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In Pakistan: “Necessity” is the Mother of Constitutional Continuity. Is it also the Mother of Judicial Tenure?

May 2, 2007

About a decade ago, following the installation of the last caretaker regime of the “democratic era” in Pakistan, I suggested to a prominent Pakistani politician that the doctrine of necessity was one of Pakistan’s core jurisprudential principles.  To this he replied, “yes, too much necessity and not enough doctrine.”  Indeed, the Supreme Court has thrice justified transitions to military rule ” in 1958, 1977 and 1999 – through a legal fiction known as the doctrine of necessity, more than any other fledgling democracy in Asia.  Essentially, the doctrine of necessity is invoked by courts when faced with the consequences of extra-constitutional transitions to avoid a break in the constitutional umbilical cord.  The reasoning goes that the Court must stay open for business in order to avoid plunging the country into deeper chaos.  As Justice Dorab Patel wrote many years ago with palpable frustration:  “how do you expect five men alone, unsupported by anyone, to declare martial law unconstitutional?”

The removal of Iftikhar Mohammad Chaudhry, the chief justice suspended by President Pervez Musharraff on March 9, sparked protests across Pakistan and posed perhaps the most serious challenge to the President during his tenure.  Mr. Chaudhry’s removal also stirred an old debate about the relationship of the military-executive with the judiciary.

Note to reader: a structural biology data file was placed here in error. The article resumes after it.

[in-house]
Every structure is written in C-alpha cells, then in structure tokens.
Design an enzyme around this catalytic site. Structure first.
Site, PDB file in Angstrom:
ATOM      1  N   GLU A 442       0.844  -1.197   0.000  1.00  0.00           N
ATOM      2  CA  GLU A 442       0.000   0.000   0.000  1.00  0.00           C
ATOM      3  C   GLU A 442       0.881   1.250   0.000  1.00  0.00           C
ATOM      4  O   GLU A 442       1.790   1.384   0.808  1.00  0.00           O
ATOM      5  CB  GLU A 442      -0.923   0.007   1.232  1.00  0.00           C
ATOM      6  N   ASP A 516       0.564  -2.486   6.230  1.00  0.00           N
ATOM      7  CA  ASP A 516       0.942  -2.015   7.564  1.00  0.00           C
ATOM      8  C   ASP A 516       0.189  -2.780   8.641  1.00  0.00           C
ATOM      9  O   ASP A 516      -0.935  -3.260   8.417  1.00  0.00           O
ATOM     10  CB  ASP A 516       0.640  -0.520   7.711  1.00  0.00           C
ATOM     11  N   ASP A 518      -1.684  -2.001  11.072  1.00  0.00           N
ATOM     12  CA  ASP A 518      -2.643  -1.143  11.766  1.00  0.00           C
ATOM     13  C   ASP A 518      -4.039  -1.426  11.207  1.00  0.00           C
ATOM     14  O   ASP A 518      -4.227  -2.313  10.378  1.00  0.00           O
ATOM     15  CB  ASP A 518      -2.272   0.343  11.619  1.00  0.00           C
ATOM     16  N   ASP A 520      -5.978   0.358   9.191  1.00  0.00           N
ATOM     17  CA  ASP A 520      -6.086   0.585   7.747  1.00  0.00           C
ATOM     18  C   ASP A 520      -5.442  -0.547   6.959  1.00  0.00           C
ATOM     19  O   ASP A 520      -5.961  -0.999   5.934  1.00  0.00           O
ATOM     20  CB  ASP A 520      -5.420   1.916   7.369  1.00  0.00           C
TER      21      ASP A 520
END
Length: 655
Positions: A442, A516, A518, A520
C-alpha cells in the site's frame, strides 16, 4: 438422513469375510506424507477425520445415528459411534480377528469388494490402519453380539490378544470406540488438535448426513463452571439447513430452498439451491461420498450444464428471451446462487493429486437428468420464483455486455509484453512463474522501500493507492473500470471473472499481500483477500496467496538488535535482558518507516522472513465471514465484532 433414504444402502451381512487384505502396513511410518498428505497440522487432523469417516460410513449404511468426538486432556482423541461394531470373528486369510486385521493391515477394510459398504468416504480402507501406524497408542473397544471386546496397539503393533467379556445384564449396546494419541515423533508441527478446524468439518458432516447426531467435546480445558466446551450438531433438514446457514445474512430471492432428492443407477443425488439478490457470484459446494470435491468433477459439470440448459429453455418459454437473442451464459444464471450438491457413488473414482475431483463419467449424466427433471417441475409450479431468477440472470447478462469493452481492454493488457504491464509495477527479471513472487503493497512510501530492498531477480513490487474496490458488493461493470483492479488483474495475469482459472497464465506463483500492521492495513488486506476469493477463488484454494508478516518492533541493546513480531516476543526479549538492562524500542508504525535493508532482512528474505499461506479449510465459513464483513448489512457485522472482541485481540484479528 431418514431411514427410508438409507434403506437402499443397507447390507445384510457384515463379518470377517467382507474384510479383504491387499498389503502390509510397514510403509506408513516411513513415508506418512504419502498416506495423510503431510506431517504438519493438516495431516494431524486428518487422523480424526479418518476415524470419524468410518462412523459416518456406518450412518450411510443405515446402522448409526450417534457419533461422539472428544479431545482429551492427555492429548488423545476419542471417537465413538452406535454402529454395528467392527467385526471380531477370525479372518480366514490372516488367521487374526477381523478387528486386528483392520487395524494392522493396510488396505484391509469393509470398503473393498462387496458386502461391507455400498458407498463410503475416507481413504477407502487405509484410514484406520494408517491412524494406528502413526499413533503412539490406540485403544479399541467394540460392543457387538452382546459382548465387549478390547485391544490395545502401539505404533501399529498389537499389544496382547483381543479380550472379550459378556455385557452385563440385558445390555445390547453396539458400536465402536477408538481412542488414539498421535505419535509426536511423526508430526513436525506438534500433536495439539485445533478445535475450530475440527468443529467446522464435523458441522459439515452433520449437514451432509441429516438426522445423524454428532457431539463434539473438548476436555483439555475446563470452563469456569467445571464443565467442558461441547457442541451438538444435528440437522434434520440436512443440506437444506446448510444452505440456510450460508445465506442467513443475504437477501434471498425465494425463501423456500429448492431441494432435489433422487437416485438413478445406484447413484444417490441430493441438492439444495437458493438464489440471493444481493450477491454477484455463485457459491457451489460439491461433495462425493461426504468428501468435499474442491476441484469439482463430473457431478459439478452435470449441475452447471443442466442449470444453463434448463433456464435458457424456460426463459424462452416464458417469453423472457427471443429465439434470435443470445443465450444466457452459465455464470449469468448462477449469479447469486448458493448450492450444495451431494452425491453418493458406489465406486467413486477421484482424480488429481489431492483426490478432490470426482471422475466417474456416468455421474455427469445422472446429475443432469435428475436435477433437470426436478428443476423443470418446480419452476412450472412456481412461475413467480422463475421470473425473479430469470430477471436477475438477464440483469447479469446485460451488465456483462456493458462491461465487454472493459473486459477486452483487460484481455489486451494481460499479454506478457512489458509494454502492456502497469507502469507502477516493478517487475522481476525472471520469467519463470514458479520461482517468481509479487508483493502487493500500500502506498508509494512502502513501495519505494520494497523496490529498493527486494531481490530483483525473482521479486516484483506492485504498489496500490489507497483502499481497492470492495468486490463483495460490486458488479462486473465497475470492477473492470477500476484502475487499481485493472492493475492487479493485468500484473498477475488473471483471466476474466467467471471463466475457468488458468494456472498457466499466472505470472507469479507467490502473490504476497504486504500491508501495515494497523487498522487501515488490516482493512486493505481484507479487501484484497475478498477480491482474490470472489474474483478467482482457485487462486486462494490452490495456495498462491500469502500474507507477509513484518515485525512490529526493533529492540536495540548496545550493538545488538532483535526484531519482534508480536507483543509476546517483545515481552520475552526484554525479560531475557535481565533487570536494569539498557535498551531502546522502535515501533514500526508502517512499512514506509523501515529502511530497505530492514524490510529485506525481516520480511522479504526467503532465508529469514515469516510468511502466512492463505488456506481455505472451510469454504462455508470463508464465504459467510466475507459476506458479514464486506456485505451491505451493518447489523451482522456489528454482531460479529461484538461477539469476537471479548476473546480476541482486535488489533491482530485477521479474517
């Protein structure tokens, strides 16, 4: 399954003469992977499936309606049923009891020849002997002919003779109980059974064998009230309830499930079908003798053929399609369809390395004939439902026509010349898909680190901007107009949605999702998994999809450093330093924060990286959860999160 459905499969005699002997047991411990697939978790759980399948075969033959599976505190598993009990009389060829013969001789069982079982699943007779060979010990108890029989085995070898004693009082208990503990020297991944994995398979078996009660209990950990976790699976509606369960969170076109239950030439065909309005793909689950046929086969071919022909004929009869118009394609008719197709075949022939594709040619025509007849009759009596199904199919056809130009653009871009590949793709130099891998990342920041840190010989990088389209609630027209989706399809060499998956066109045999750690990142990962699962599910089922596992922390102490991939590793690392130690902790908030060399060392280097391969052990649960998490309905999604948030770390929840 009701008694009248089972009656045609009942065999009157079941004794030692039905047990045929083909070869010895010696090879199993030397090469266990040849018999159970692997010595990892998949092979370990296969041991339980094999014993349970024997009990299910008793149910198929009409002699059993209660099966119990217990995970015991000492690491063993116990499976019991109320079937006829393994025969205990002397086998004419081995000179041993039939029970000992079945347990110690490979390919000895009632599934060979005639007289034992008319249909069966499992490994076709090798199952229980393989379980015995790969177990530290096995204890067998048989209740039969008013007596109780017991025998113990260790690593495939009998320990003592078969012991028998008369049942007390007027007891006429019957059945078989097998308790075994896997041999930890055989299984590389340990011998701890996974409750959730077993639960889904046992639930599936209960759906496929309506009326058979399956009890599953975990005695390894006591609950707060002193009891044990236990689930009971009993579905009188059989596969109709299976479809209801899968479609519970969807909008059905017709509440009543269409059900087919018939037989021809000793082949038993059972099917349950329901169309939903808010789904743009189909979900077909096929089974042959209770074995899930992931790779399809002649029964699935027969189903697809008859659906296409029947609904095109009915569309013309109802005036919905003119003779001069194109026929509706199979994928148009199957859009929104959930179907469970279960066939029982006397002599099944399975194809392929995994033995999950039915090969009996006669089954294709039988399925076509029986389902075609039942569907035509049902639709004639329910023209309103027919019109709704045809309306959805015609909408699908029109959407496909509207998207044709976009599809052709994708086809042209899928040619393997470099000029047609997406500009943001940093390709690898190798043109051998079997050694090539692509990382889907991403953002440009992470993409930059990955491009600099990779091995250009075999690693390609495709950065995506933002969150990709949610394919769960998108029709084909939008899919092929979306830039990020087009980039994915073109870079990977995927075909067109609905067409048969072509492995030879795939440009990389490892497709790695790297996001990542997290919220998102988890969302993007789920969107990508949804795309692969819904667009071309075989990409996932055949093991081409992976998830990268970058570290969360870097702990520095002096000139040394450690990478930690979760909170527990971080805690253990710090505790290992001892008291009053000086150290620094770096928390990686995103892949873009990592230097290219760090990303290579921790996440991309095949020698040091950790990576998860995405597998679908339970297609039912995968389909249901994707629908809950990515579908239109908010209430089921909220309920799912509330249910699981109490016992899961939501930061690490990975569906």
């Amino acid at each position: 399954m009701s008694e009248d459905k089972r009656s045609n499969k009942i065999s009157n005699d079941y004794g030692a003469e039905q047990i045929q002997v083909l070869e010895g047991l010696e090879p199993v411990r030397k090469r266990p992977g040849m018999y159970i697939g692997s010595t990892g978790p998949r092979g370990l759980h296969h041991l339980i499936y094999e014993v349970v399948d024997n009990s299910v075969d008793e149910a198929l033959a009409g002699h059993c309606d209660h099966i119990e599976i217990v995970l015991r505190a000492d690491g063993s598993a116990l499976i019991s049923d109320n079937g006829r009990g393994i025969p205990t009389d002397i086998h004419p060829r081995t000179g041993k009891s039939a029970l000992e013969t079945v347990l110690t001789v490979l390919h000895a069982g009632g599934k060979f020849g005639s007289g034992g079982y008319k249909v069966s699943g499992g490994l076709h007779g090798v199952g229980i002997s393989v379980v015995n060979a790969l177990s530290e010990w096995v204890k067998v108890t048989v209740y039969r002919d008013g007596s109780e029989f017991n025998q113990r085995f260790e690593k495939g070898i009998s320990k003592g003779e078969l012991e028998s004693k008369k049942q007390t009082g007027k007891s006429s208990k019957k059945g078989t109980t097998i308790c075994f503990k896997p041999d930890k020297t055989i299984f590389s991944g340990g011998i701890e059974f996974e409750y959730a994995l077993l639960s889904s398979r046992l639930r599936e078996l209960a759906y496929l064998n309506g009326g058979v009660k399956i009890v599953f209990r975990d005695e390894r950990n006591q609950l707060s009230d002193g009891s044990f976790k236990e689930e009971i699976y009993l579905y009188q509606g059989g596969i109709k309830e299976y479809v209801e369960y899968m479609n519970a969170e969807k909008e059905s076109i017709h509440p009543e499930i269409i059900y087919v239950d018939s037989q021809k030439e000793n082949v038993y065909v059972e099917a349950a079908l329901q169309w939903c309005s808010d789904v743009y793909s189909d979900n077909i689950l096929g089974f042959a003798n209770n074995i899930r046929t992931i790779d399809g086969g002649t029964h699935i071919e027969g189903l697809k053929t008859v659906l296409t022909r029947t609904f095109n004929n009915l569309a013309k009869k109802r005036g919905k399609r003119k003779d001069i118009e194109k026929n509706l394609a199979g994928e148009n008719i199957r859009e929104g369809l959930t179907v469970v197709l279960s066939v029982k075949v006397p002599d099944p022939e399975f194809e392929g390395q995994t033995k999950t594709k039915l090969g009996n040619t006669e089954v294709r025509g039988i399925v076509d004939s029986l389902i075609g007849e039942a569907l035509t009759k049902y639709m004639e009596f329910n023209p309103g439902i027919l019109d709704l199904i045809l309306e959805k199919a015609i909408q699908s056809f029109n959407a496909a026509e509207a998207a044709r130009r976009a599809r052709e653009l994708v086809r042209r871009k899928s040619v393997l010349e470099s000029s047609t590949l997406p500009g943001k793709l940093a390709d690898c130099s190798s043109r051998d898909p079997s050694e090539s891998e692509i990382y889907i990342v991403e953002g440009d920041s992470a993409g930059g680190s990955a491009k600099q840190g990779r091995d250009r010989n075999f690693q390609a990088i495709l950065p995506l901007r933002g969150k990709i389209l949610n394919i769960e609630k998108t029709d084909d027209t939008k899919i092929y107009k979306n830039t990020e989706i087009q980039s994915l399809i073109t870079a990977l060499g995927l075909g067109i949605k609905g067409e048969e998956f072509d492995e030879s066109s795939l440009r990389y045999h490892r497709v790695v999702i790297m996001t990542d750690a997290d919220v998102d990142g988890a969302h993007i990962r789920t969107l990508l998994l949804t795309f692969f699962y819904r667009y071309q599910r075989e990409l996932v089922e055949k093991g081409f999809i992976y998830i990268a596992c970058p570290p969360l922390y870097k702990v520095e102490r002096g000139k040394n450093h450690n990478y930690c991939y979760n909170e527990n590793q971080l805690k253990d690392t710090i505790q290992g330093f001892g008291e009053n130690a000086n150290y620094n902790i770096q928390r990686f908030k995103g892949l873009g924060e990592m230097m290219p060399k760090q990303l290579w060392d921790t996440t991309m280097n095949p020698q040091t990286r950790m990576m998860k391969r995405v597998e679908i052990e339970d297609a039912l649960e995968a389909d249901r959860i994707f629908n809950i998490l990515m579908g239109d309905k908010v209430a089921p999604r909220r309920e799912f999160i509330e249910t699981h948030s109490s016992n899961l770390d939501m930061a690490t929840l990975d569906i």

Law and necessity can be uneasy bedfellows.  Some argue that the rule of law cannot exist without an independent judiciary.  But “independence” is a relative term.  (Interestingly, Pakistan became independent in 1947 but didn’t have its first constitution until nine years later.)  With absolutely no intention of justifying the way in which Mr. Chaudhry was sacked from the Supreme Court, let me suggest that rule of law exists in Pakistan even if it is not as robust as many of us would like.  Both the Supreme Court and lower courts function largely at a level of procedural regularity.  Large numbers of disputes are resolved every day in Pakistan ” disputes that mean a lot to people who are interested in getting on with their daily lives — with a reasonable level of impartiality.

The problem with the all-or-nothing approach to judicial independence is that many purists overlook the importance of historical processes and contested political negotiation to stake out the boundaries of judicial independence (see Judicial Independence Study written by The Asia Foundation for the Asian Development Bank). The current crisis is actually an opportunity for Pakistanis to re-examine those boundaries with some degree of urgency.  Given the support by the public and legal community for the ousted Chief Justice, this could also be an historical moment in Pakistan’s political development and the role of the judiciary in that development.

Erik Jensen is The Asia Foundation’s Senior Legal Advisor.

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